Ratcliffe, M., Perry, C., Boak, E., Smith, H., & Todd, M. (2009). Study on Governance Challenges for Education in Fragile Situations: Study Synthesis Report. Euro-Trends. Retrieved from http://s3.amazonaws.com/inee-assets/resources/Education_and_Fragility_Synthesis_Report.pdf

Senechal, M. (2006). Testing the Home Literacy Model: Parent Involvement in Kindergarten Is Differentially Related to Grade 4 Reading Comprehension, Fluency, Spelling, and Reading for Pleasure. Scientific Studies of Reading, 10(1), 59-87. doi:10.1207/s1532799xssr1001_4

Tamis-LeMonda, C. S., Luo, R., McFadden, K. E., Bandel, E. T., & Vallotton, C. (2017). Early home learning environment predicts children’s 5th grade academic skills. Applied Developmental Science,, 1-17. doi:10.1080/10888691.2017.1345634

Terlitsky, A. B., & Wilkins, J. (2015). Characteristics of family literacy programmes that improve child literacy, behaviour and parenting skills. International Journal of Pedagogies and Learning, 10(2), 121-138. doi:https://doi.org/10.1080/22040552.2015.1113846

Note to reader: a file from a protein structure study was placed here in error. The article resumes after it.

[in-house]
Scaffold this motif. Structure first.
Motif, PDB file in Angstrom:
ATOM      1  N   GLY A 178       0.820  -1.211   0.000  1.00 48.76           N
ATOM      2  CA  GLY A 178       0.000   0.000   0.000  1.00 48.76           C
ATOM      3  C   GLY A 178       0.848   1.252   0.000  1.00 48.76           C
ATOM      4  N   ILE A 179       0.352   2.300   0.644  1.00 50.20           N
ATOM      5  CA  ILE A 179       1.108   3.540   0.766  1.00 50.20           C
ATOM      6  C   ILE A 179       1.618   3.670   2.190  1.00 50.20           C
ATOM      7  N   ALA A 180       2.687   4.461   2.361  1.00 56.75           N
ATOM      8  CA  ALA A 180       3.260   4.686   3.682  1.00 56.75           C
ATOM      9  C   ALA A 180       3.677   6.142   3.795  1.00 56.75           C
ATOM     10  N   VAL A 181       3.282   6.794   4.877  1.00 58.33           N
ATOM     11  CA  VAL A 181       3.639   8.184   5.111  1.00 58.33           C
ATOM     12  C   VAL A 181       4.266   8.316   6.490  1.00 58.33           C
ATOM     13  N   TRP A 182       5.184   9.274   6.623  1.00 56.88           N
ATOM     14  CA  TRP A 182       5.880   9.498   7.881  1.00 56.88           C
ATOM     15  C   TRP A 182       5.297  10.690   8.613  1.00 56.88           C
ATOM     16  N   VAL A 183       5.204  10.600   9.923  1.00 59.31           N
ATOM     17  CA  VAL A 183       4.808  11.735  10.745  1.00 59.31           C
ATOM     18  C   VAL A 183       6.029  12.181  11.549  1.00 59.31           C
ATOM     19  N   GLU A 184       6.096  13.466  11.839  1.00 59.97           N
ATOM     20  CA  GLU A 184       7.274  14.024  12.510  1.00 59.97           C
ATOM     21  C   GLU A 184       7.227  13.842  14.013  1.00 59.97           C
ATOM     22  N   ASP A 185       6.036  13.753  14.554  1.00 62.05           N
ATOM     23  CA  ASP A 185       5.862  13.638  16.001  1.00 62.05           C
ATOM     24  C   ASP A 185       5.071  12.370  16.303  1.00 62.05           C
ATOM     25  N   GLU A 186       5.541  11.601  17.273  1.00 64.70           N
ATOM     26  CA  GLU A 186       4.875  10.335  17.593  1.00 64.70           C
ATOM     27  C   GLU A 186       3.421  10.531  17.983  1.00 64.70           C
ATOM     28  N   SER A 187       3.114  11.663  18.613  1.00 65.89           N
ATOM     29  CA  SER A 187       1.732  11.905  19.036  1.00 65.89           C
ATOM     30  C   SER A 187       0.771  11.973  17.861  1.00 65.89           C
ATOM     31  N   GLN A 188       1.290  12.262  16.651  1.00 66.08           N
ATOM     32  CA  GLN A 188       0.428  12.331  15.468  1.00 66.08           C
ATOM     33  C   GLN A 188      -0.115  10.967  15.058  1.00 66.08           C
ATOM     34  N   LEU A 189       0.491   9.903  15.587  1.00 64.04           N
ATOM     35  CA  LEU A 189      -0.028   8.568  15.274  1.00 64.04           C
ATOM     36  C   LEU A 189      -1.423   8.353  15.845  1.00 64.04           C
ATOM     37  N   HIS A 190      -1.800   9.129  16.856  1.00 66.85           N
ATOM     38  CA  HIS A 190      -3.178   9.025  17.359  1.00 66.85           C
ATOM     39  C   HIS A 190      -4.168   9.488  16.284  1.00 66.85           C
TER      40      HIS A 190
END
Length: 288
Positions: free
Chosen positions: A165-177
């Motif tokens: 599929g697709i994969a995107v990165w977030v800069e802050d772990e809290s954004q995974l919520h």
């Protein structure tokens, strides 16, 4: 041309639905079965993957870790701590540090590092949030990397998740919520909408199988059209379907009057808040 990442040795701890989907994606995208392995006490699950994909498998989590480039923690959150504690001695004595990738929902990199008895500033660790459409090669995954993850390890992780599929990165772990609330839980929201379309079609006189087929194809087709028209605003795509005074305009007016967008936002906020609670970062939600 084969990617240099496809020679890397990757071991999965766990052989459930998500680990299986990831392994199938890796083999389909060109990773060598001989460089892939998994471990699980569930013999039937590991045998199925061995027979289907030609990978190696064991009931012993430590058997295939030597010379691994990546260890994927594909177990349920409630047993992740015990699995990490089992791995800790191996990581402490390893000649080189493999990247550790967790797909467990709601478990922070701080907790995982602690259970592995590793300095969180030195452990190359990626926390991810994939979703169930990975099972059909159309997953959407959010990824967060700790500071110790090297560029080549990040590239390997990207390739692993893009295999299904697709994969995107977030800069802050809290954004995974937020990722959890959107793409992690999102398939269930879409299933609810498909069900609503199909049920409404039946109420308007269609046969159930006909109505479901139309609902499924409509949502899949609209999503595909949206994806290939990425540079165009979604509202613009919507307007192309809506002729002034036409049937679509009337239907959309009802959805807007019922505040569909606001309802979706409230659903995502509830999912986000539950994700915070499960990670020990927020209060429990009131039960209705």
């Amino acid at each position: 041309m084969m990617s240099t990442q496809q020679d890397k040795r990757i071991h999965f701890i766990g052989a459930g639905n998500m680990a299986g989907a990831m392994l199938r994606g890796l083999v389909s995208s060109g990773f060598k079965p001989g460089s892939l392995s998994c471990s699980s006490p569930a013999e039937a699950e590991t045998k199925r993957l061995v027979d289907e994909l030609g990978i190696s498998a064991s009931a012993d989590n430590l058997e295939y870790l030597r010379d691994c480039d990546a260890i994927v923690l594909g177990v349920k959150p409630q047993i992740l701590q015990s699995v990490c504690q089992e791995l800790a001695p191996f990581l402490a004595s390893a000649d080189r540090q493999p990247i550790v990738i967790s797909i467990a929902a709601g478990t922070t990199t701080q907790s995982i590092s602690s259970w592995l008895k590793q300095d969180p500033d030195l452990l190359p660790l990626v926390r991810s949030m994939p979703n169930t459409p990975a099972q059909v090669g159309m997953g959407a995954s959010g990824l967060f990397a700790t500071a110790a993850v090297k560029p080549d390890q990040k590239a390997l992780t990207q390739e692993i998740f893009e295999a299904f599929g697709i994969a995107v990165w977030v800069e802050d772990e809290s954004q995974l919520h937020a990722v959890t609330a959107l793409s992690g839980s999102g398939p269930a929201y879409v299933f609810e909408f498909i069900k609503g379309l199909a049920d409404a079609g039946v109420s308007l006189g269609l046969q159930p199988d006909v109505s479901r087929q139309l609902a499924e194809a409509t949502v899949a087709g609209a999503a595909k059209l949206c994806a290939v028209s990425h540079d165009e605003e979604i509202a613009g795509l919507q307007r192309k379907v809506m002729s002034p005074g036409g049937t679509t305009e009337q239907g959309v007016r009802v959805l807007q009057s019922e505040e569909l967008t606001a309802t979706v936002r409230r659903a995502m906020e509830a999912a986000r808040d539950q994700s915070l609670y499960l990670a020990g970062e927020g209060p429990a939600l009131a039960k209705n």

UNDP. (2012). Somalia Human Development Report 2012: Empowering Youth for Peace and Development. United Nations Development Programme Somalia, Nairobi. Retrieved from http://www.undp.org/content/dam/undp/library/corporate/HDR/Arab%20States/HDR-Somalia-2012-E.pdf?download

UNICEF. (2018). UNICEF Somalia Education Strategy Note 2018-2020. UNICEF. Retrieved from http://files.unicef.org/transparency/documents/Somalia%204.%20Education.pdf

Weigel, D. J., Martin, S. S., & Bennett, K. K. (2006). Contributions of the home literacy environment to preschoolaged children’s emerging literacy and language skills. Early Child Development and Care, 176(3-4), 357-378. doi:10.1080/03004430500063747

Winthrop, R., & Matsui, E. (2013). A New Agenda for Education in Fragile States. Working Paper 10, Brookings, Center for Universal Education. Retrieved from https://www.brookings.edu/wp-content/uploads/2016/06/08-education-agenda-fragile-states-winthrop.pdf

 

Publish date: 2020-12-07 01:23:38